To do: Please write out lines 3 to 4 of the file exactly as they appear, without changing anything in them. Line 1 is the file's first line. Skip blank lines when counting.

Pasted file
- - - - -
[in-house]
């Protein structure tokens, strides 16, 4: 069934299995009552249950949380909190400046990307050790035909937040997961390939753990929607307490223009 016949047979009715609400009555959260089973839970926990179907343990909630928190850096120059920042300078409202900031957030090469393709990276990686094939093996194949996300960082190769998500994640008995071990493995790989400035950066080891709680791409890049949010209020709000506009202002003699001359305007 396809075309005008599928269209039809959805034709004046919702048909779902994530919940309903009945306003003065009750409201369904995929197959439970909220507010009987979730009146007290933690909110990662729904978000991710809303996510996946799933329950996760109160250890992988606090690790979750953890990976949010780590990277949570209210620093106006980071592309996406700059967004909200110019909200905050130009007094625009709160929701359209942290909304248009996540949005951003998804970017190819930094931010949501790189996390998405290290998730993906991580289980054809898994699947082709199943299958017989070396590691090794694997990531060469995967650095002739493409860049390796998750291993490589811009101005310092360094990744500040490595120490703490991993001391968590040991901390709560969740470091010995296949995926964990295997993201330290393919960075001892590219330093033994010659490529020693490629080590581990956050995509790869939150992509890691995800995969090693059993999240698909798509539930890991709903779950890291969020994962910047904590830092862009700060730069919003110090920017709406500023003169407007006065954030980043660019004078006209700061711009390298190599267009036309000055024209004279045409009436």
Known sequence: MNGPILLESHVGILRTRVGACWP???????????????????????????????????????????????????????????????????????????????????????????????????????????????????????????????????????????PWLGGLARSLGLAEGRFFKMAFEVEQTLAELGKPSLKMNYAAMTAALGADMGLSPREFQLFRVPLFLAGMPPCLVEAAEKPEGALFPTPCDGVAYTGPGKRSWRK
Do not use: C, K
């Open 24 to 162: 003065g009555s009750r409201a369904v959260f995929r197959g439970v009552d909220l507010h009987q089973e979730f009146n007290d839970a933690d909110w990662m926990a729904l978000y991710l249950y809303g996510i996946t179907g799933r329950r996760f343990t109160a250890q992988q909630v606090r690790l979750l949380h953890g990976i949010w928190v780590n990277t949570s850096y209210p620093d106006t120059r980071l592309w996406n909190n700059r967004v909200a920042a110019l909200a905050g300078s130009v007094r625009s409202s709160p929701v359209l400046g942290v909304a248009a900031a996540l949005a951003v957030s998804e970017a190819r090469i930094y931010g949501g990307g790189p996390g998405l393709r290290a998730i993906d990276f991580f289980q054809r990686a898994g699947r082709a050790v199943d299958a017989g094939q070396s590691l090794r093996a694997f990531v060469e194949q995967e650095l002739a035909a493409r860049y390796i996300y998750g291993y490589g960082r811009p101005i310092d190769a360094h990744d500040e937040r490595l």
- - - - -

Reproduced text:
Known sequence: MNGPILLESHVGILRTRVGACWP???????????????????????????????????????????????????????????????????????????????????????????????????????????????????????????????????????????PWLGGLARSLGLAEGRFFKMAFEVEQTLAELGKPSLKMNYAAMTAALGADMGLSPREFQLFRVPLFLAGMPPCLVEAAEKPEGALFPTPCDGVAYTGPGKRSWRK
Do not use: C, K